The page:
Sam Wills, a.k.a Tape Face, is an experienced stand-up comedian who is currently travelling the UK on his tour. The tour consists of 50 shows and he is making a stop in Bangor at Pontio on the 3rd November. You may recognise him from America’s Got Talent where he went all the way to the live shows, John Bishop’s show on BBC 1 and The Royal Variety Performance on ITV. He kindly took the time out of his busy schedule to talk to us.
Have you always wanted to perform?
I was given a magic set at the age of twelve and since then been hooked. You know every kid gets that kick and performs for their parents over and over again and then just naturally I gravitated towards performing for people.
How did you get started?
I hunted down the clown in my town and forced my way into his show. I then went on to study at circus school and started street performing. There was a time where it was hard to get gigs so you would just start busking.
Is busking how you started off?
I guess it is. I started way back in New Zealand in 1999, early 2000’s and from there got into stand-up comedy through a friend. A comedy act cancelled last minute and I was asked to fill in for them, so I went down with some props and from then on became New Zealand’s only prop comedian.
You started your career off in New Zealand, what made you make the move over the pond?
I actually wanted to go to the Edinburgh Fringe Festival. From New Zealand I went to Australia to fine tune my act and get a bit more of a reputation, then travelled over to the UK to perform at the Edinburgh Fringe Festival. There is also more work opportunities over here. Don’t get me wrong I miss New Zealand like crazy but I had reached my peak there. I had done all the work all the shows and wanted to broaden my horizons.
You are most known for Tape Face so how did this character come about?
[Laughs] well it actually came about as a joke. I started off with my first act where I talked a lot and it was a very rapid show. So in 2005 I won a top comedy award in New Zealand for that show, so when I won everyone expected the next show to be the same with me talking a lot, so I decided to surprise everyone and do a silent character. So I taped my mouth shut and the character took off.
So you’ve performed in front of a lot of people and a lot of places, do you ever still get nervous?
Oh yeah I still get nervous, I mean I don’t get nervous in front of people cause I think of everyone as the same, like I don’t really look up to famous people as I have more respect for the guy that works 15 hour shift in a building site, you know? But for TV I always get nervous as it’s recorded so is permanent, say if something goes wrong and it’s uploaded to YouTube it’s there forever, which is frustrating for me as I am a perfectionist.
You are halfway through your tour now, how is it going so far?
Ahhh it’s incredible! Last night’s show was one of the top 5 shows I’ve done in my life. It’s a 2 hour show so the longest I’ve done before and it’s a lot more theatrical. It’s been a challenge but a reward for me. I’m loving it!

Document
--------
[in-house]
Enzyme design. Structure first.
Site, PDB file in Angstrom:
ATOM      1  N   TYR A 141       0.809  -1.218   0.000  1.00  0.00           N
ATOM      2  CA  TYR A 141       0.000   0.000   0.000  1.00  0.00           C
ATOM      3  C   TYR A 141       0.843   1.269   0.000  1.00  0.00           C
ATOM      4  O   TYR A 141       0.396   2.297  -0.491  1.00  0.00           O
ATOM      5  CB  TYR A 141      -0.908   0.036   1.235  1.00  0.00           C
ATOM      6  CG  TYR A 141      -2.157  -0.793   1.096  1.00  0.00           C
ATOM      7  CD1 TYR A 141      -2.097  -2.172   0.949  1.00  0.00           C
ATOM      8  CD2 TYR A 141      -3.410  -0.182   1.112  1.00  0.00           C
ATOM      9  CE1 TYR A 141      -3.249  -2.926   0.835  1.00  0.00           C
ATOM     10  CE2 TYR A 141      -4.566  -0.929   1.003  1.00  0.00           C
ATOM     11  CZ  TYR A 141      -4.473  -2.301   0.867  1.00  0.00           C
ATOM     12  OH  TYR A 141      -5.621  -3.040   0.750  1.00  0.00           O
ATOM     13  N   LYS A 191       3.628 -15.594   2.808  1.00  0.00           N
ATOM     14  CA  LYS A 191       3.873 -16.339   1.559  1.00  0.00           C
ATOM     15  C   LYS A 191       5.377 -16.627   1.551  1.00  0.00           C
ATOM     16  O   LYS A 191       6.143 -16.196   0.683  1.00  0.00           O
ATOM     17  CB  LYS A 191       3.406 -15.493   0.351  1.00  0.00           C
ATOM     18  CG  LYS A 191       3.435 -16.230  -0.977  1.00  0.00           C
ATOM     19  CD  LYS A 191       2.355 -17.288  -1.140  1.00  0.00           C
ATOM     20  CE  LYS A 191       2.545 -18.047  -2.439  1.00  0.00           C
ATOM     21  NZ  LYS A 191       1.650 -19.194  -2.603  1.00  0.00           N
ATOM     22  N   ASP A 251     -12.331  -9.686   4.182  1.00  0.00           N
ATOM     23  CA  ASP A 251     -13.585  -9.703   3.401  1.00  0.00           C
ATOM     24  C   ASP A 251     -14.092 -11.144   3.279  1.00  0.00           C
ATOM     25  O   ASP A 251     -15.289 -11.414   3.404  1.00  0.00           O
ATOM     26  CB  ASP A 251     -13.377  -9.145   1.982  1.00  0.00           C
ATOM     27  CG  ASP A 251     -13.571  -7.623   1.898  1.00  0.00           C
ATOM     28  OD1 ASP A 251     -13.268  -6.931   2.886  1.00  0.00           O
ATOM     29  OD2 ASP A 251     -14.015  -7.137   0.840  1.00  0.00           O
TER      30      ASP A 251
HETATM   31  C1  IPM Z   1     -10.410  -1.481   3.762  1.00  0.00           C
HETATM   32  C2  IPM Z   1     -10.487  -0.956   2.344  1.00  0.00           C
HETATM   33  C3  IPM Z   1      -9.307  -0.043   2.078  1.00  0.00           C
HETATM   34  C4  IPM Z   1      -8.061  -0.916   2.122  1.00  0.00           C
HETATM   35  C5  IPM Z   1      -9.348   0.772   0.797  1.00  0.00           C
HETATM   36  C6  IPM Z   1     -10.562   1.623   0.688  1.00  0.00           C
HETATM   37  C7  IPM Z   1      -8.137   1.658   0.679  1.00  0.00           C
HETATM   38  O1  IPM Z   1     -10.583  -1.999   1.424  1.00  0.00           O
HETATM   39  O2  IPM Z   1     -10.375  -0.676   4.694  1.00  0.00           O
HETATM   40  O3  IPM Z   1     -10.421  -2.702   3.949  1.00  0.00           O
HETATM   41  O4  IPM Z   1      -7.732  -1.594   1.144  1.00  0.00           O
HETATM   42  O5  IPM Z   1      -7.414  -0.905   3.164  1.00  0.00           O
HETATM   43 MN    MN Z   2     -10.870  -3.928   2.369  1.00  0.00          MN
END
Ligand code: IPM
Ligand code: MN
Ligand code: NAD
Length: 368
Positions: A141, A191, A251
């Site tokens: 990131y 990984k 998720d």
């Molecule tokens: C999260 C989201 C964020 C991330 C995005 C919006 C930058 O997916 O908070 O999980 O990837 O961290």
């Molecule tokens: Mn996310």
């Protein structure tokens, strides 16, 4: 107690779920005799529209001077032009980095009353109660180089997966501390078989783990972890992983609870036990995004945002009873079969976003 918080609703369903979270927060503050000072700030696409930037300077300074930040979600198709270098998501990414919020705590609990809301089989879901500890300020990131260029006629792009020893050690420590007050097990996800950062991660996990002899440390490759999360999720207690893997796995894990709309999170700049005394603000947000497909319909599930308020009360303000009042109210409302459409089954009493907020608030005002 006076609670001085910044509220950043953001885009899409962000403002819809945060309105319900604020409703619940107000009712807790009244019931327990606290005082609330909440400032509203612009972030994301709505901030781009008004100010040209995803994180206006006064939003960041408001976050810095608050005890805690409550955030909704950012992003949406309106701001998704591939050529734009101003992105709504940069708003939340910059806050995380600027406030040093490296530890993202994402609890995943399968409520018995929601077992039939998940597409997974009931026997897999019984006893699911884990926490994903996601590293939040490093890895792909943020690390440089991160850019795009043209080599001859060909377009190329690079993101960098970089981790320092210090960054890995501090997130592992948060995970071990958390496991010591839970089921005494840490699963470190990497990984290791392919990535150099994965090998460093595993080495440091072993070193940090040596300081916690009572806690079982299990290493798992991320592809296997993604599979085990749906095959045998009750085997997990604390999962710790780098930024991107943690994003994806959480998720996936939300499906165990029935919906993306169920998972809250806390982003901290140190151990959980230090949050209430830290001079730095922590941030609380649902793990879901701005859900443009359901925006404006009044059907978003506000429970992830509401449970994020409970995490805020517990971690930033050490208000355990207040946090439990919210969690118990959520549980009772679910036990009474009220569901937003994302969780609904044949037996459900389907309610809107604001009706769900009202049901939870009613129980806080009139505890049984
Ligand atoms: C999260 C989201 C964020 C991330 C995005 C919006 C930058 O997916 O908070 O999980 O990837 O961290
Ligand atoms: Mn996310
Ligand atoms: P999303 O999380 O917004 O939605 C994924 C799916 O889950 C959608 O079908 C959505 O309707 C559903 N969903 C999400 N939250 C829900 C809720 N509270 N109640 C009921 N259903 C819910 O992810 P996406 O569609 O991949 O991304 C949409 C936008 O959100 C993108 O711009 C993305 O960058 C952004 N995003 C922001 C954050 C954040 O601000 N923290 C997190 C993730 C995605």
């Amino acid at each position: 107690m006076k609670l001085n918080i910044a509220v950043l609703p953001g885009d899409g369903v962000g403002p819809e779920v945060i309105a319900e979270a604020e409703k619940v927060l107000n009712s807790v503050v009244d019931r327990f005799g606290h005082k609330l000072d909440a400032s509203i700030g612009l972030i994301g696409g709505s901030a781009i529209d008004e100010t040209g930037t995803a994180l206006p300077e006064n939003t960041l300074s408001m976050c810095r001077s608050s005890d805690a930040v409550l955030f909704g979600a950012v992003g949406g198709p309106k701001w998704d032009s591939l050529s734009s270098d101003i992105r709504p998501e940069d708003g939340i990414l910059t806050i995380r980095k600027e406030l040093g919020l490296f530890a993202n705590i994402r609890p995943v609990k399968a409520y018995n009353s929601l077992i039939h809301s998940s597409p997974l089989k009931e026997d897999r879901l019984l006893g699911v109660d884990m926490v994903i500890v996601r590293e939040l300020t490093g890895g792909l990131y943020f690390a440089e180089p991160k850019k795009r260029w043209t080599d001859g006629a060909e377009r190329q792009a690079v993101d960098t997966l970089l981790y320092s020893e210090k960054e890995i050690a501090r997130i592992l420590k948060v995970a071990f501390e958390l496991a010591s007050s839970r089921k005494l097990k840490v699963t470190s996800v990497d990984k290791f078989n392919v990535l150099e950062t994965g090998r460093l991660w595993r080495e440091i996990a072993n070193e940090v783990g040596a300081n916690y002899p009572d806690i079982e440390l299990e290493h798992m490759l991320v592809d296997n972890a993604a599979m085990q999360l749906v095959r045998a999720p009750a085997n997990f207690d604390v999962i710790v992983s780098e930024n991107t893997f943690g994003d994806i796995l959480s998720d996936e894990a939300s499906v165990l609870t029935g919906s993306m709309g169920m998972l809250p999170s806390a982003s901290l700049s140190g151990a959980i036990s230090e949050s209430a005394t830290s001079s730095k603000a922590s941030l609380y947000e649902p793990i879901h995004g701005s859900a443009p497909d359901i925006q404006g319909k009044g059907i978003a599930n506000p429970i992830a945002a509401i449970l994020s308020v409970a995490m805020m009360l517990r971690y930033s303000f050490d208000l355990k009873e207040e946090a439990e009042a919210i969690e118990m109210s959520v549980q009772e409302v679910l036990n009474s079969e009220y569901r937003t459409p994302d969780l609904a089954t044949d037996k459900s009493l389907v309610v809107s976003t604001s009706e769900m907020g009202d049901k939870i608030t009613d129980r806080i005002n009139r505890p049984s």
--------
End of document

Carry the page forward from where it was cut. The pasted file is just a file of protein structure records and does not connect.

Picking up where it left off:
What can people expect from your shows?
I think people know what to expect from my shows now, so audience interaction but in the nicest possible way. Expect this show to have a bigger production factor than before. Usually it’s just me on stage but this time it’s like a proper almost west end show.
What was the experience of being on America’s Got Talent like?
It was completely terrifying [laughs]. With something like that it was completely out of my control. I am normally so sceptical of other people judging you for your comedy but I just remember standing in the wings as a Whitney Houston tribute act was getting buzzed off and thinking this is the worst mistake of my life. But at the same time it was a chance for the dreaded word: exposure. But for me I was so lucky because it did give me great exposure. I never guessed how big it would become. I knew people would like the act from experience but now I think we are up to 40 million views on my audition. It’s just crazy!
What’s the weirdest thing that’s happened when you’ve been performing?
Oh things always go wrong but in a good way that’s why I love the audience participation. I had this one guy in Glasgow which I dressed up as a stripper for part of the routine and he started taking the clothes off and then he just carried on and took off his own clothes. I’ve even had a couple of proposals on stage which is pretty amazing as everyone can share in the experience.
What’s your biggest career highlight?
I think performing at the Royal Albert Hall in London, that was amazing but having the opportunity to travel is the best part.
Have you ever been to North Wales before?
I have! I believe I did a tour here a couple of years ago but the Bangor date is one of the few I am doing in Wales. As long as you have good coffee I will feel right at home [laughs]
Final question for you, what advice would you give someone who wants to take up a career in performing or comedy?
Keep going! No matter what keep writing keep writing, keep performing. There’s going to be a lot of knock backs but it will work out eventually. Keep going and stay with it! If it’s what you love it should work out.